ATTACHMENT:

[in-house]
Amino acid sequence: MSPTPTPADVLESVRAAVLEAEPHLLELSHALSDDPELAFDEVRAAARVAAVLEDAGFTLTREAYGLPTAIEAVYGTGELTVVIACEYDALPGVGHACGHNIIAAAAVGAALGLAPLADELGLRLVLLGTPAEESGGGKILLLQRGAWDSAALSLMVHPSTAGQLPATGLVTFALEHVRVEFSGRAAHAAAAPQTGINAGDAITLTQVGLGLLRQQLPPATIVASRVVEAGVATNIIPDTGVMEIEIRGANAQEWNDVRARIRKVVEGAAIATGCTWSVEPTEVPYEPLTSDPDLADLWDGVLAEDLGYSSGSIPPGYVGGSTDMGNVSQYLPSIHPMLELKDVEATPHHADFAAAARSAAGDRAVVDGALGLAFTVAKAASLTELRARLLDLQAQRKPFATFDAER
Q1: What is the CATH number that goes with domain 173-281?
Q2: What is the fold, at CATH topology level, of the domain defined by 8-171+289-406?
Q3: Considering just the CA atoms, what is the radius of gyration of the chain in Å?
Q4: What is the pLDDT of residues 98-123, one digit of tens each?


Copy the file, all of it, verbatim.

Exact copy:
[in-house]
Amino acid sequence: MSPTPTPADVLESVRAAVLEAEPHLLELSHALSDDPELAFDEVRAAARVAAVLEDAGFTLTREAYGLPTAIEAVYGTGELTVVIACEYDALPGVGHACGHNIIAAAAVGAALGLAPLADELGLRLVLLGTPAEESGGGKILLLQRGAWDSAALSLMVHPSTAGQLPATGLVTFALEHVRVEFSGRAAHAAAAPQTGINAGDAITLTQVGLGLLRQQLPPATIVASRVVEAGVATNIIPDTGVMEIEIRGANAQEWNDVRARIRKVVEGAAIATGCTWSVEPTEVPYEPLTSDPDLADLWDGVLAEDLGYSSGSIPPGYVGGSTDMGNVSQYLPSIHPMLELKDVEATPHHADFAAAARSAAGDRAVVDGALGLAFTVAKAASLTELRARLLDLQAQRKPFATFDAER
Q1: What is the CATH number that goes with domain 173-281?
Q2: What is the fold, at CATH topology level, of the domain defined by 8-171+289-406?
Q3: Considering just the CA atoms, what is the radius of gyration of the chain in Å?
Q4: What is the pLDDT of residues 98-123, one digit of tens each?